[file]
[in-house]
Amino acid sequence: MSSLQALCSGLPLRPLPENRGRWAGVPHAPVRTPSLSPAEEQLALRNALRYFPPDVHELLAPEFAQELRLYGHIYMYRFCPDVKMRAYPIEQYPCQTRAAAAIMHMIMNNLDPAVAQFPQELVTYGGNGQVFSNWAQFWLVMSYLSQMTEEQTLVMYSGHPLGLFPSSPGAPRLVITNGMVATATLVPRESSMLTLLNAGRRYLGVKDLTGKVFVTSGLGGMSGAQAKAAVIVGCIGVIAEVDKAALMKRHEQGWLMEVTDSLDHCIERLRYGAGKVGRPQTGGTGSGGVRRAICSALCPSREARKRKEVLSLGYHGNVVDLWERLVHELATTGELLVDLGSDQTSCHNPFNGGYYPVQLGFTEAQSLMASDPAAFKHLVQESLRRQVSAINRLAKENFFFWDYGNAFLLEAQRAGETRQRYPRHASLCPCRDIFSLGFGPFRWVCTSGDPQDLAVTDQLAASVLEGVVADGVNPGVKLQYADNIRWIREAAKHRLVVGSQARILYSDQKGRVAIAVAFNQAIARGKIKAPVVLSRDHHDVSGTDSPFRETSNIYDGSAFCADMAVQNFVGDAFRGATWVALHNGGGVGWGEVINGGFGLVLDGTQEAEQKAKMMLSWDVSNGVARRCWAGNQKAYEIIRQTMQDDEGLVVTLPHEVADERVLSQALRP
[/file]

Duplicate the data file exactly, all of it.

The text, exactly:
[in-house]
Amino acid sequence: MSSLQALCSGLPLRPLPENRGRWAGVPHAPVRTPSLSPAEEQLALRNALRYFPPDVHELLAPEFAQELRLYGHIYMYRFCPDVKMRAYPIEQYPCQTRAAAAIMHMIMNNLDPAVAQFPQELVTYGGNGQVFSNWAQFWLVMSYLSQMTEEQTLVMYSGHPLGLFPSSPGAPRLVITNGMVATATLVPRESSMLTLLNAGRRYLGVKDLTGKVFVTSGLGGMSGAQAKAAVIVGCIGVIAEVDKAALMKRHEQGWLMEVTDSLDHCIERLRYGAGKVGRPQTGGTGSGGVRRAICSALCPSREARKRKEVLSLGYHGNVVDLWERLVHELATTGELLVDLGSDQTSCHNPFNGGYYPVQLGFTEAQSLMASDPAAFKHLVQESLRRQVSAINRLAKENFFFWDYGNAFLLEAQRAGETRQRYPRHASLCPCRDIFSLGFGPFRWVCTSGDPQDLAVTDQLAASVLEGVVADGVNPGVKLQYADNIRWIREAAKHRLVVGSQARILYSDQKGRVAIAVAFNQAIARGKIKAPVVLSRDHHDVSGTDSPFRETSNIYDGSAFCADMAVQNFVGDAFRGATWVALHNGGGVGWGEVINGGFGLVLDGTQEAEQKAKMMLSWDVSNGVARRCWAGNQKAYEIIRQTMQDDEGLVVTLPHEVADERVLSQALRP